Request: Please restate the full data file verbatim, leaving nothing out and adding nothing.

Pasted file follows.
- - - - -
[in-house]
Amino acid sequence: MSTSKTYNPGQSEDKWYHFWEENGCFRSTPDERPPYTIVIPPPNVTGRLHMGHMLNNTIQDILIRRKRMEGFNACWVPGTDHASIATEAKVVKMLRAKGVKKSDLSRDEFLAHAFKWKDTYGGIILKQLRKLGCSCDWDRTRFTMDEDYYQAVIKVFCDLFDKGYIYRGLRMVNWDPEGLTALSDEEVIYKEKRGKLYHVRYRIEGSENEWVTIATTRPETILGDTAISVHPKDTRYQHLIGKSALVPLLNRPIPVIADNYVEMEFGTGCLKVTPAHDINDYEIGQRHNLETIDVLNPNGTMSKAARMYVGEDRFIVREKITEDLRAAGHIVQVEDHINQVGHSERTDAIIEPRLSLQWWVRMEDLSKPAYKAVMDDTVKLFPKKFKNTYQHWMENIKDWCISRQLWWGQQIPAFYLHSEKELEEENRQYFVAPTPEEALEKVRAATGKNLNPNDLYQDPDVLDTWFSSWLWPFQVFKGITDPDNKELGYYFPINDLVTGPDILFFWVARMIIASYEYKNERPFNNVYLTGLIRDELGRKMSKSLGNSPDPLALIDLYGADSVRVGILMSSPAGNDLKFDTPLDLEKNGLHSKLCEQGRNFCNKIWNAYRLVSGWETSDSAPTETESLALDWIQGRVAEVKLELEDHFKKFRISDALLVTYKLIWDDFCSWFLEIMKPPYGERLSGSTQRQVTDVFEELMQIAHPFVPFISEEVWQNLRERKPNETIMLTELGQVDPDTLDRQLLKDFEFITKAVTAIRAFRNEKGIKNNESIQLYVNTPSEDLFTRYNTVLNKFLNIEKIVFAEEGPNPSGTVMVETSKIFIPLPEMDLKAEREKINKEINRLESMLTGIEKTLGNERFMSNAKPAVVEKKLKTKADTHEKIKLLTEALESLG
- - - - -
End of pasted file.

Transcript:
[in-house]
Amino acid sequence: MSTSKTYNPGQSEDKWYHFWEENGCFRSTPDERPPYTIVIPPPNVTGRLHMGHMLNNTIQDILIRRKRMEGFNACWVPGTDHASIATEAKVVKMLRAKGVKKSDLSRDEFLAHAFKWKDTYGGIILKQLRKLGCSCDWDRTRFTMDEDYYQAVIKVFCDLFDKGYIYRGLRMVNWDPEGLTALSDEEVIYKEKRGKLYHVRYRIEGSENEWVTIATTRPETILGDTAISVHPKDTRYQHLIGKSALVPLLNRPIPVIADNYVEMEFGTGCLKVTPAHDINDYEIGQRHNLETIDVLNPNGTMSKAARMYVGEDRFIVREKITEDLRAAGHIVQVEDHINQVGHSERTDAIIEPRLSLQWWVRMEDLSKPAYKAVMDDTVKLFPKKFKNTYQHWMENIKDWCISRQLWWGQQIPAFYLHSEKELEEENRQYFVAPTPEEALEKVRAATGKNLNPNDLYQDPDVLDTWFSSWLWPFQVFKGITDPDNKELGYYFPINDLVTGPDILFFWVARMIIASYEYKNERPFNNVYLTGLIRDELGRKMSKSLGNSPDPLALIDLYGADSVRVGILMSSPAGNDLKFDTPLDLEKNGLHSKLCEQGRNFCNKIWNAYRLVSGWETSDSAPTETESLALDWIQGRVAEVKLELEDHFKKFRISDALLVTYKLIWDDFCSWFLEIMKPPYGERLSGSTQRQVTDVFEELMQIAHPFVPFISEEVWQNLRERKPNETIMLTELGQVDPDTLDRQLLKDFEFITKAVTAIRAFRNEKGIKNNESIQLYVNTPSEDLFTRYNTVLNKFLNIEKIVFAEEGPNPSGTVMVETSKIFIPLPEMDLKAEREKINKEINRLESMLTGIEKTLGNERFMSNAKPAVVEKKLKTKADTHEKIKLLTEALESLG